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Oslo says will not strain relations with Moscow over Russian Deputy PM’s Spitsbergen trip

April 20, 2015, 19:18 UTC+3 OSLO

Norway’s Foreign Ministry earlier expressed regret that Russian Deputy Prime Minister Dmitry Rogozin had visited the Spitsbergen archipelago

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Norwegian Foreign Minister Berge Brende

Norwegian Foreign Minister Berge Brende


OSLO, April 20. /TASS/. Oslo is not interested in straining relations with Moscow over the recent visit by Russian Deputy Prime Minister Dmitry Rogozin to the Spitsbergen archipelago, Norwegian Foreign Minister Berge Brende said after a meeting with Russian Ambassador Vyacheslav Pavlovsky on Monday.

"We have no intentions to exacerbate this situation," the Norwegian foreign minister said.

"Nevertheless, we clearly stated in our talk with the Russian ambassador today that we don’t want to see persons on the sanctions lists in Norway, including on the territory of Svalbard [Spitsbergen]. We expect Russia as our good neighbor to act correspondingly," the Norwegian foreign minister said.

The Norwegian Foreign Ministry will "take all necessary steps to make clear the fact that the effect of restrictive measures will also apply to the territory of Svalbard [Spitsbergen]," Brende said.

Norway’s Foreign Ministry earlier expressed regret that Rogozin had visited the Spitsbergen archipelago, adding the visit was not a breach of the Norwegian legislation.

Vice-Premier Rogozin has been on the European Union’s blacklist of Russian politicians and businessmen barred from entering the EU since March 2014. The ban is part of Europe’s sectoral and individual sanctions imposed against Moscow over its stance on developments in neighboring Ukraine.

While Norway is not an EU member, the Nordic country has consistently joined all the rounds of the EU’s sanctions against Russia, including entry restrictions.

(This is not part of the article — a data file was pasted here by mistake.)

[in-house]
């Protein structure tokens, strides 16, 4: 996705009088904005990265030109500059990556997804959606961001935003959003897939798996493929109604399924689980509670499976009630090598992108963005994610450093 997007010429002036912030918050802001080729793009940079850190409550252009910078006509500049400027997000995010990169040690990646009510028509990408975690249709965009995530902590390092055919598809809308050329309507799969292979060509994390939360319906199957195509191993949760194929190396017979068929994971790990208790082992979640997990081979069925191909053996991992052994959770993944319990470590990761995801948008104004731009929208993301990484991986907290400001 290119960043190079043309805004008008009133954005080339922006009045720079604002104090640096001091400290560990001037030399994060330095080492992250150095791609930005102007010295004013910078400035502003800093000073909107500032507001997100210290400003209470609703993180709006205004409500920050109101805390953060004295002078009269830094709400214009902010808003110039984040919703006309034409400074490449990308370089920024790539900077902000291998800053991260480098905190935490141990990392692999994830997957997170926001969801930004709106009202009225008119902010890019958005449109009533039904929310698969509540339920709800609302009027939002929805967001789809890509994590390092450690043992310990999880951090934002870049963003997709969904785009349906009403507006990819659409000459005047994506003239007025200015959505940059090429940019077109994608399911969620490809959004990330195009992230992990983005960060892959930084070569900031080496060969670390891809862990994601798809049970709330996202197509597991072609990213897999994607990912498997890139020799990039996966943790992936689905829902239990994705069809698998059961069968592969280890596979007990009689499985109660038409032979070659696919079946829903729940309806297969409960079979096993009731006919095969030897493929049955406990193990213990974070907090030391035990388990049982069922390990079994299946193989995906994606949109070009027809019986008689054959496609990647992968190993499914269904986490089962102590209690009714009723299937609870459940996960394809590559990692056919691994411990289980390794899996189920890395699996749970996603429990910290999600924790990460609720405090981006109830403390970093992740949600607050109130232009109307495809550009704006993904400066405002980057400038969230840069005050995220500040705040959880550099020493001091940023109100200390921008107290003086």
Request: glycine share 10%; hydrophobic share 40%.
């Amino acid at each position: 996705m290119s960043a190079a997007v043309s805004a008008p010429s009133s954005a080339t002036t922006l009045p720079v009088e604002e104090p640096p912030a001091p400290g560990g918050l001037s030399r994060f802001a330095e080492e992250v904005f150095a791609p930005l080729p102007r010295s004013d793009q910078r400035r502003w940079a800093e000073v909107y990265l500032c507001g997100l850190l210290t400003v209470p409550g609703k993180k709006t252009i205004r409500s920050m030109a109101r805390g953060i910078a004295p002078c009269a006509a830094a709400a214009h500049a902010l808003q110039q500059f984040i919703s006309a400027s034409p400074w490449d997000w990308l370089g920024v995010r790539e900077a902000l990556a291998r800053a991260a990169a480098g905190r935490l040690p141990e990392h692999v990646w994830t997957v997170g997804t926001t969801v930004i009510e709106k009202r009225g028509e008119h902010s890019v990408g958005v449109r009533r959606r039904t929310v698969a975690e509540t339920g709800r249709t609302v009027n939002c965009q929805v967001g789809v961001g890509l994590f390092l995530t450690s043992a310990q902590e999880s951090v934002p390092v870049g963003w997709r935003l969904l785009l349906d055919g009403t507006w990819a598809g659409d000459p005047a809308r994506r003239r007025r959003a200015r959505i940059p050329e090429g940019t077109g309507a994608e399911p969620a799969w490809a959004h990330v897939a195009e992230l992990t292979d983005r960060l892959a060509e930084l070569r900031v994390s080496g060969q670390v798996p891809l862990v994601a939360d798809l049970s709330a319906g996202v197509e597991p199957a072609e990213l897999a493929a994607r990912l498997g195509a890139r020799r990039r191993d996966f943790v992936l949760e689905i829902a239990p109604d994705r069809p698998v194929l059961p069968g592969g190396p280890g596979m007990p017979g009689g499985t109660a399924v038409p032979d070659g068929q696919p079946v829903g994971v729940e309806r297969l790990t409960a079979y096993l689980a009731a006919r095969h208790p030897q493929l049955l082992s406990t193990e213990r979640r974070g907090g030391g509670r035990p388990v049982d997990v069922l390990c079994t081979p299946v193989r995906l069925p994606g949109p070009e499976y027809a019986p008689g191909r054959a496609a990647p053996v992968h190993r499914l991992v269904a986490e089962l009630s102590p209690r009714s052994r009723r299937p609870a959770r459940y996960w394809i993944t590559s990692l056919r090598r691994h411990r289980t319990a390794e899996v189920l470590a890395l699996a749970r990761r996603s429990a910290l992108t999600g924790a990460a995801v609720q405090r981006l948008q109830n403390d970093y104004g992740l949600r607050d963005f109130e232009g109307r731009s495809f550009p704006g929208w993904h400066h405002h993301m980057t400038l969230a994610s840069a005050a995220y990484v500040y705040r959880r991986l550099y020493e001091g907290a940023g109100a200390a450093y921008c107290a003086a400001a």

Russian Foreign Ministry spokesman Alexander Lukashevich said on Monday that Norway’s unilateral sanctions against Moscow over its stance on developments in neighboring Ukraine do not cancel a provision of the 1920 Treaty on Spitsbergen that stipulates free access to the archipelago for citizens from signatory states.

The Russian Foreign Ministry’s statement came in the wake of Norway’s demand that Moscow should provide explanations for the visit by Deputy Prime Minister Rogozin to the Spitsbergen archipelago, which is part of Norway but has a special international status.

"Russian Deputy Prime Minister Dmitry Rogozin who heads the State Commission for the Development of the Arctic took part in the opening of Russia’s North Pole-2015 drifting station on April 19," the Russian Foreign Ministry’s spokesman said in a statement.

"Due to this, he made two technical stops at Longyear airport on the Norwegian Spitsbergen archipelago, from where a Russian plane suited for landing and taking off from an ice floe was involved to deliver the participants in this event to the station and back," the statement said.

Owing to complex weather conditions in the area near the station, which worsened on April 18, making it impossible to receive this plane for some time, the vice-premier used this pause to make a tour of the Russian settlement Barentsburg on Spitsbergen, the Russian diplomat said.

"The visit to the archipelago for the North Pole-2015 expedition was caused by purely logistic reasons and the requirements of aviation safety in high latitudes," Lukashevich said.

"This circumstance seems to be quite natural and understanding could be expected from the Norwegian side in the spirit of partnership in the Arctic, which has been demonstrated by Norway up until now," Lukashevich said.


Spitsbergen, which Norwegians call Svalbard, is located between the 76th and 80th parallels in the Arctic Ocean. The archipelago was placed under Norway’s sovereignty after World War One on condition that it kept a special international status.

The Spitsbergen Treaty signed in 1920 sealed Norway’s sovereignty over the archipelago. At the same time, the Treaty’s signatory states comprising over 50 countries have equal rights to the development of the archipelago’s natural resources.

Despite this, only Norway and Russia maintain their economic presence on the archipelago. Russians have a possibility to visit Spitsbergen without any visas, if they go to the archipelago directly from Russia.

However, if their route crosses continental Norway, they need to be issued transit Schengen visas.

The Russian vice-premier opened on Sunday the North Pole-2015 Arctic drifting station. During his stay on Spitsbergen, Rogozin visited the Barentsburg community center in the archipelago’s Russian part where he inspected a local coalmine, an airport and a museum. The Russian state coal company Arktikugol operates an area of 251 square kilometers on Spitsbergen.


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